Many Pakistani Kids Must Mix Work With School04:46
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Rizwana Ruab, 16, attends the ninth grade at one of the schools with Developments in Literacy in Orangi. She is studying biology so she can become a police officer. She spends several hours every day making shoes with her family. She earns on average about 20 U.S. cents an hour. (Laura Isensee/Houston Public Media)
Rizwana Ruab, 16, attends the ninth grade at one of the schools with Developments in Literacy in Orangi. She is studying biology so she can become a police officer. She spends several hours every day making shoes with her family. She earns on average about 20 U.S. cents an hour. (Laura Isensee/Houston Public Media)
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In Pakistan, more than 20 million children between the ages of 5 and 16 don’t attend school.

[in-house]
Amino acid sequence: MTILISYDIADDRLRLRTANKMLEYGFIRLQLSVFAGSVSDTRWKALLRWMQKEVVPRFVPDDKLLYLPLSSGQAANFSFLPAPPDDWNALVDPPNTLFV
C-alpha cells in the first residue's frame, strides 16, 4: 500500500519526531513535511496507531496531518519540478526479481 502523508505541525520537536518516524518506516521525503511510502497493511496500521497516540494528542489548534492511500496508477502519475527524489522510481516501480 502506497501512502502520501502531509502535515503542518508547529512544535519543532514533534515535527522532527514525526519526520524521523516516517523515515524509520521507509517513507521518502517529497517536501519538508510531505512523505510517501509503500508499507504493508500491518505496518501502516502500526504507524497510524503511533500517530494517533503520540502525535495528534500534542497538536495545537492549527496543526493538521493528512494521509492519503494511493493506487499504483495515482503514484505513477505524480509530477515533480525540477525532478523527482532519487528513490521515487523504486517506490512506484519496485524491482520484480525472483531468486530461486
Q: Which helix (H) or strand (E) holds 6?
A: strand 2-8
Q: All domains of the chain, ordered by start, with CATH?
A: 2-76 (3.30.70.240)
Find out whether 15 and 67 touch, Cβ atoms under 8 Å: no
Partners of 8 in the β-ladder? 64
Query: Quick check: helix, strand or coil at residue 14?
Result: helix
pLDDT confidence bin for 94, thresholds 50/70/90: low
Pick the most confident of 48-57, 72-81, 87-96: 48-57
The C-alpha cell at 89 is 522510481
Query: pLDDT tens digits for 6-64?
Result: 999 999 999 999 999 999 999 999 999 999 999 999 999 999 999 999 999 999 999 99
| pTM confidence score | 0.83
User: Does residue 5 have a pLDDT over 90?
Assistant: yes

One reason is the quality of many government-run schools. Another reason: they can’t easily pay for privately run schools. So for many families, that means children have to work demanding jobs in order to afford going to school for even part of the day.

Laura Isensee (@lauraisensee) from Here & Now contributor Houston Public Media recently visited Pakistan and has part two of our report.

This segment aired on January 13, 2017.

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